Quo vadis, Aida? (2020)
Approved. I'm surprised that the MPAA ain't got time for these. Actually, what I think actually happens is that a film distributor has to pay the MPAA to rate their film, so who has time for that? Anyway, the content matter is pretty troubling, especially for those who ache for the plight of the refugee. While much of the violence doesn't happen on screen, the film deals with genocide and the fallout that occurs with that genocide. There is a scene of mass extermination. It's pretty bleak.
DIRECTOR: Jasmila Zbanic
I'm so grateful that the foreign language nominees were released in a way that was accessible to the public. Yeah, I wish that I got them a while earlier. But now I'm just being ungrateful. It's such an experience seeing art from other countries. The Western world has important stories to tell and I'm always fascinated about what we have to say. But the rest of the world has a message that can be so personal. For many Americans, the Bosnian / Serbian conflicts seem almost the thing of fiction. We have a hard time really visualizing the tension of real world disasters and atrocities. Movies like Quo vadis, Aida? both serve to remind me of my blessings and to break my heart over my comfort at home.
My wife commented on the fact that this is a fairly simple story. She's right. I can't even fight that. The narrative of Quo vadis, Aida? is so straightforward that it offers not even a hint of deception. The entire movie is an attempt to escape the inevitable ending of the film. We are watching how dramatic irony creates suspense for the length of a 100 minute film. We should know about the Serbian genocide. Even if we don't know the particulars of the genocide, Zbanic starts the film off with this shot of refugees piled in, shoulder to shoulder, trying to get into a U.N. camp. We see the inside of this building and the hopelessness of it all. Things never look good or optimistic. But that puts us in the shoes of the titular Aida, who is reading the writing on the wall. She knows that this whole thing has been turned pear-shaped. Yet she still fights for the small victories.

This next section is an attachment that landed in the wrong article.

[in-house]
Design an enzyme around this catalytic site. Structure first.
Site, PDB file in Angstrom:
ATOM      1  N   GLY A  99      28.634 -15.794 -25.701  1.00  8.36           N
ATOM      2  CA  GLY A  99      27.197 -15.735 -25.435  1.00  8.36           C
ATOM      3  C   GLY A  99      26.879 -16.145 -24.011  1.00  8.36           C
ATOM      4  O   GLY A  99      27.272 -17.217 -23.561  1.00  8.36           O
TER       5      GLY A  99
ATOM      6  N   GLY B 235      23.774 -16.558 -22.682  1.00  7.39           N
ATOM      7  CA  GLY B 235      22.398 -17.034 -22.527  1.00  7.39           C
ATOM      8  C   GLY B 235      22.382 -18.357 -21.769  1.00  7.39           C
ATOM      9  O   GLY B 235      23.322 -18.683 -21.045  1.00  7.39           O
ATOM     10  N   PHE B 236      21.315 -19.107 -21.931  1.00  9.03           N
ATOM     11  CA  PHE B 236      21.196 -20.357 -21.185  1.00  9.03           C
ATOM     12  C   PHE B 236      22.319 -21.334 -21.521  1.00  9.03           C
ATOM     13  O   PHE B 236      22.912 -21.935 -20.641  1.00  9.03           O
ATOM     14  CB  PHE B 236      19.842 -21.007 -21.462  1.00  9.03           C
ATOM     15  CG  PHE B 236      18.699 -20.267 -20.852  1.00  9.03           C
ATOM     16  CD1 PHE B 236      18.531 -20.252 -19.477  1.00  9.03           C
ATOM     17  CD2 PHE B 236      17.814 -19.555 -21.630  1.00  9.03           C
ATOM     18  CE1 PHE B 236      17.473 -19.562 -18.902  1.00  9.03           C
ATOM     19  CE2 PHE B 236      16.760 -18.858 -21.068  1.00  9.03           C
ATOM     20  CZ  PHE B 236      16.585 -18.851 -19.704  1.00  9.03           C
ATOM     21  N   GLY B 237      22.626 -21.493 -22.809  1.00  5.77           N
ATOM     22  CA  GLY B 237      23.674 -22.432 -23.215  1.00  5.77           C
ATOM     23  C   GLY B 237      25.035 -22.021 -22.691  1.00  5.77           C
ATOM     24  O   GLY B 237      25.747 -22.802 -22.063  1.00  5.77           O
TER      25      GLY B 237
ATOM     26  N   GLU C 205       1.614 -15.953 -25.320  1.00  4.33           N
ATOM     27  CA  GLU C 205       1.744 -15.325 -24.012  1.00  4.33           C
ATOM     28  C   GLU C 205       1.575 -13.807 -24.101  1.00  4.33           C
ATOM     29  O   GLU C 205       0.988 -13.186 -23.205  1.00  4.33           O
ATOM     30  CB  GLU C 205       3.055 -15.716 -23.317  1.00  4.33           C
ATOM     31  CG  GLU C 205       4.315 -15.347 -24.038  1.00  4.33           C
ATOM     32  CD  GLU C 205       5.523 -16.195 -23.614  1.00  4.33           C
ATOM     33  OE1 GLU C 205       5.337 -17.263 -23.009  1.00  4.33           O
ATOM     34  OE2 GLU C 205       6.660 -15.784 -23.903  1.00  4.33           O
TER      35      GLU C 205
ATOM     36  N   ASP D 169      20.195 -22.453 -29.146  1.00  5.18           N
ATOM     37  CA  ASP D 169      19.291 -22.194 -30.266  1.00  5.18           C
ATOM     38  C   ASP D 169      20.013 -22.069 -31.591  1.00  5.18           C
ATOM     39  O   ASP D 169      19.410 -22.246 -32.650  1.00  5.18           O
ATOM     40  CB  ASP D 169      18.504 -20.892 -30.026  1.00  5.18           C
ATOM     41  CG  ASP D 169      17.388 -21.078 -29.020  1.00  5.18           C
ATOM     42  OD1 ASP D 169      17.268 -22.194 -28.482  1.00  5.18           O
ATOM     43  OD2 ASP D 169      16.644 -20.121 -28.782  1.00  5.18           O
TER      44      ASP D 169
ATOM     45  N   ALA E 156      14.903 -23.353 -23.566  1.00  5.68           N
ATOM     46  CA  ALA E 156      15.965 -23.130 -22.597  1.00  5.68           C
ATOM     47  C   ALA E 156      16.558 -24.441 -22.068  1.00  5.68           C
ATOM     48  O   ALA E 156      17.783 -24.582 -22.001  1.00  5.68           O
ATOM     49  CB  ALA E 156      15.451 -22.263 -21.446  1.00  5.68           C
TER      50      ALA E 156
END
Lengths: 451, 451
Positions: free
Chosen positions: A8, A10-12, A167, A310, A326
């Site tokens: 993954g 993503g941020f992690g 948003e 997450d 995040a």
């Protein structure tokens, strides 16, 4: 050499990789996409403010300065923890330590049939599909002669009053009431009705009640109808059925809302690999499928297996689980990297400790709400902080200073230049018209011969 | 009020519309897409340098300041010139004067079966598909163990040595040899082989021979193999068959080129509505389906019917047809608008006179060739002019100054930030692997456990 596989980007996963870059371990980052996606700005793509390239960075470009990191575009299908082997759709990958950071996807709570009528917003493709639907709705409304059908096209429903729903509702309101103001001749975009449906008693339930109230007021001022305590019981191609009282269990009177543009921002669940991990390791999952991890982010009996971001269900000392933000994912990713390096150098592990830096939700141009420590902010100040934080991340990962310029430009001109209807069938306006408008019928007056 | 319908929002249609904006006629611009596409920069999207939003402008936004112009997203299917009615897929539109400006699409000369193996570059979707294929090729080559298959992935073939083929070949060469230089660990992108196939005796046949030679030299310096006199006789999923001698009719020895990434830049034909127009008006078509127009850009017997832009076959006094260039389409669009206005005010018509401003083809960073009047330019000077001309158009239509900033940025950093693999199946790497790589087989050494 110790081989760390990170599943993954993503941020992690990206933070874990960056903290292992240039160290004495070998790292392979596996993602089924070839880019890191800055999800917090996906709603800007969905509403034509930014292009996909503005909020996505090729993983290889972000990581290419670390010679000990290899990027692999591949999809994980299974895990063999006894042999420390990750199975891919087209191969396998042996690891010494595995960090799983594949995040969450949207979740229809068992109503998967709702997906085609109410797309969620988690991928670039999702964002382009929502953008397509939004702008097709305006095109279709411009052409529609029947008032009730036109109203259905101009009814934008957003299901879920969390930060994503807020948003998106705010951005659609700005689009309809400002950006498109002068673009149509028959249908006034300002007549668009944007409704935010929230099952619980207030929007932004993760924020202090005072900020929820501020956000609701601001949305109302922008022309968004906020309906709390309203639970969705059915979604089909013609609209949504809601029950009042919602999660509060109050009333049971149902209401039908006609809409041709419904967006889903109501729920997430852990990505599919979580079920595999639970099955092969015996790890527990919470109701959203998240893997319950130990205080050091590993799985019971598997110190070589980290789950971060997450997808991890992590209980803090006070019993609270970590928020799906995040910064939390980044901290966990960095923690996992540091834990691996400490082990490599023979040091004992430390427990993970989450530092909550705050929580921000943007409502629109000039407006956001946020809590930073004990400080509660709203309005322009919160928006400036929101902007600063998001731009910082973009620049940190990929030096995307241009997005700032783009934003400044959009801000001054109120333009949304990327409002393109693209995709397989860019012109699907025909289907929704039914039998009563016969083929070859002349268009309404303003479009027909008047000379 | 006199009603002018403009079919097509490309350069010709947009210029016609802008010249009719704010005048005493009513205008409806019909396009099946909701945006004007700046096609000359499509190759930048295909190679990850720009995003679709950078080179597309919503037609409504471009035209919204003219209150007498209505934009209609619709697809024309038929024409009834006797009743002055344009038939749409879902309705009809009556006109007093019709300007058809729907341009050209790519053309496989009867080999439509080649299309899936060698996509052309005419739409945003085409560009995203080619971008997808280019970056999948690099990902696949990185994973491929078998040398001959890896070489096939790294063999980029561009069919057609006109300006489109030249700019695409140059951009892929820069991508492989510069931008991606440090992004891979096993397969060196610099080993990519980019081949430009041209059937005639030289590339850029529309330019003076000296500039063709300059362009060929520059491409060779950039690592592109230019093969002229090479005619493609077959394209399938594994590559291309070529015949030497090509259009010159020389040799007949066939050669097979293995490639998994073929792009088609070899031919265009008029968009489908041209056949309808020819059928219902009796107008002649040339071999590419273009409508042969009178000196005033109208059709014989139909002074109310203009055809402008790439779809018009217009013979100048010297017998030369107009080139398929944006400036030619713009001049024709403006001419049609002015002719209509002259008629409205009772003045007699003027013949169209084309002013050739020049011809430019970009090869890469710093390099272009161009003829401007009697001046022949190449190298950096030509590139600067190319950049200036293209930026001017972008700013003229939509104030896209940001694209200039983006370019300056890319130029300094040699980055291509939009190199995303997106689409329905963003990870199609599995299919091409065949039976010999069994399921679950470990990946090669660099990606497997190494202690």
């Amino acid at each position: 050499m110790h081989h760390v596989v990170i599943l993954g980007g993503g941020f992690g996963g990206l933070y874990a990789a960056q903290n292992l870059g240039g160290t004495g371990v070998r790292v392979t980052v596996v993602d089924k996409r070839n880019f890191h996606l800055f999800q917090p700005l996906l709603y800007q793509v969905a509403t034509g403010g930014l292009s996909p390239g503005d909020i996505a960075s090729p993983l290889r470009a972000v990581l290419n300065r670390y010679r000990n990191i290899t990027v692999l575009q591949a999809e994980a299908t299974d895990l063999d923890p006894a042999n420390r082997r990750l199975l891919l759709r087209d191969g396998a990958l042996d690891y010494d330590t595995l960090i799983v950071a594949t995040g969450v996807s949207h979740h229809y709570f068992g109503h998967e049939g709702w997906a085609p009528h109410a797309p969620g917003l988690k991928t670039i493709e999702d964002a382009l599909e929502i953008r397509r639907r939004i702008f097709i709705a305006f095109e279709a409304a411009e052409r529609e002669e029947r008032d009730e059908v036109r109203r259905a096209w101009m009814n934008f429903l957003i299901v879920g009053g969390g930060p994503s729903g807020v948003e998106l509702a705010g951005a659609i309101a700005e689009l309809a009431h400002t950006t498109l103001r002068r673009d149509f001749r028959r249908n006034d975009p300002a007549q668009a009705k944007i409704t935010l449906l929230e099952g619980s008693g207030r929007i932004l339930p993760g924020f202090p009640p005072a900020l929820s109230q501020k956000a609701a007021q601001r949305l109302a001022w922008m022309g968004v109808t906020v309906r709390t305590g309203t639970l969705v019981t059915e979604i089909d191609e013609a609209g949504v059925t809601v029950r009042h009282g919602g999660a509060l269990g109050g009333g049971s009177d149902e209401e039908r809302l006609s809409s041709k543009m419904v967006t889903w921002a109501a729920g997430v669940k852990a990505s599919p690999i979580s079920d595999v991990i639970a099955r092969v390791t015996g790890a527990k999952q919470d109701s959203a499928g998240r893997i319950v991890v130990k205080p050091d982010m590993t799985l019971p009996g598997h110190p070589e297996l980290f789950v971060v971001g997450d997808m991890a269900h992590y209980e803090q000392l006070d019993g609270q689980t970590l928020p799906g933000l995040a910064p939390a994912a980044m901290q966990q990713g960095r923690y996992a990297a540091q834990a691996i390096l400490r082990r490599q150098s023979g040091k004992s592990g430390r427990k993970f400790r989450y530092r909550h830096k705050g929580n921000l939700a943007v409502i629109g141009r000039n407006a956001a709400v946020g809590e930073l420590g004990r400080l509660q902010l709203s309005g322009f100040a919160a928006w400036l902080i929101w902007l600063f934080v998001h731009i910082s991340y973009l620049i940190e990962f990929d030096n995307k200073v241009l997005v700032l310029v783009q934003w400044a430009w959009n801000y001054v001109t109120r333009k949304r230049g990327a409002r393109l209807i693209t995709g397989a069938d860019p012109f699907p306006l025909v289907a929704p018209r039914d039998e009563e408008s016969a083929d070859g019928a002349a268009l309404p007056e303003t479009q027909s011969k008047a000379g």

One of the key concepts in To Kill a Mockingbird (a movie that I might need to rewatch pretty soon) is the notion that we have to fight for battles we know that we're going to lose. With the case of Atticus Finch, his battle is altruistic. The right thing to do is to fight for Tom Robinson. But the easy thing to do is to walk away. Aida isn't Atticus Finch. Aida is fighting a battle of bureaucracy. She sees this solution that seems fairly simple. She is employed by the U.N. She is safe from whatever oncoming storm is coming after her. She knows that it would simply take a blind eye to allow her family into a place of safety as well. But instead of just fighting a bloodthirsty dictator who wants to kill her people, she has to fight against a spineless organization filled with weak-willed individuals. That's the most frustrating part of the whole a story. After all, dictators gotta dictate. But the point of the U.N. peacekeepers is to keep as many people alive as humanly possible. They are the voice of the people who have no power behind them. They are at their lowest place, facing extinction all so some general can feel like a big man.